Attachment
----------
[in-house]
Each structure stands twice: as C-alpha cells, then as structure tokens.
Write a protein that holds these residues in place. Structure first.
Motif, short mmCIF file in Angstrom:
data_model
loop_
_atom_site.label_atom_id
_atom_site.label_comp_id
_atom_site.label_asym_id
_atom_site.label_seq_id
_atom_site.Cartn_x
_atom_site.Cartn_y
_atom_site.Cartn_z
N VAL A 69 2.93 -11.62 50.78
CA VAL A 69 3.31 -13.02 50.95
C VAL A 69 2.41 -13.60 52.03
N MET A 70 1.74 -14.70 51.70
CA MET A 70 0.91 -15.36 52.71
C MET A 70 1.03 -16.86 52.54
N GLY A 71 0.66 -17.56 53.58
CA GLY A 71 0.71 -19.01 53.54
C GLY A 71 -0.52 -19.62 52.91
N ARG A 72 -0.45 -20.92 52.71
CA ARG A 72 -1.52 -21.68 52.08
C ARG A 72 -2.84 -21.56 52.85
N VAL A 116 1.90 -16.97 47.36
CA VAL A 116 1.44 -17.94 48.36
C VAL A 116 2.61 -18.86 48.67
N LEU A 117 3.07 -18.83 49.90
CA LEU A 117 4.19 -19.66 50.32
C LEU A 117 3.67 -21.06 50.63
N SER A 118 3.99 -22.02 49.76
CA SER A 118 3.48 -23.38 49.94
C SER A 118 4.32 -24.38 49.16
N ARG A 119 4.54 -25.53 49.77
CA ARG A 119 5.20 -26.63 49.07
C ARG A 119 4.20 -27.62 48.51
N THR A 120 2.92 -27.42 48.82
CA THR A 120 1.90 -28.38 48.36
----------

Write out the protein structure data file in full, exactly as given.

[in-house]
Each structure stands twice: as C-alpha cells, then as structure tokens.
Write a protein that holds these residues in place. Structure first.
Motif, short mmCIF file in Angstrom:
data_model
loop_
_atom_site.label_atom_id
_atom_site.label_comp_id
_atom_site.label_asym_id
_atom_site.label_seq_id
_atom_site.Cartn_x
_atom_site.Cartn_y
_atom_site.Cartn_z
N VAL A 69 2.93 -11.62 50.78
CA VAL A 69 3.31 -13.02 50.95
C VAL A 69 2.41 -13.60 52.03
N MET A 70 1.74 -14.70 51.70
CA MET A 70 0.91 -15.36 52.71
C MET A 70 1.03 -16.86 52.54
N GLY A 71 0.66 -17.56 53.58
CA GLY A 71 0.71 -19.01 53.54
C GLY A 71 -0.52 -19.62 52.91
N ARG A 72 -0.45 -20.92 52.71
CA ARG A 72 -1.52 -21.68 52.08
C ARG A 72 -2.84 -21.56 52.85
N VAL A 116 1.90 -16.97 47.36
CA VAL A 116 1.44 -17.94 48.36
C VAL A 116 2.61 -18.86 48.67
N LEU A 117 3.07 -18.83 49.90
CA LEU A 117 4.19 -19.66 50.32
C LEU A 117 3.67 -21.06 50.63
N SER A 118 3.99 -22.02 49.76
CA SER A 118 3.48 -23.38 49.94
C SER A 118 4.32 -24.38 49.16
N ARG A 119 4.54 -25.53 49.77
CA ARG A 119 5.20 -26.63 49.07
C ARG A 119 4.20 -27.62 48.51
N THR A 120 2.92 -27.42 48.82
CA THR A 120 1.90 -28.38 48.36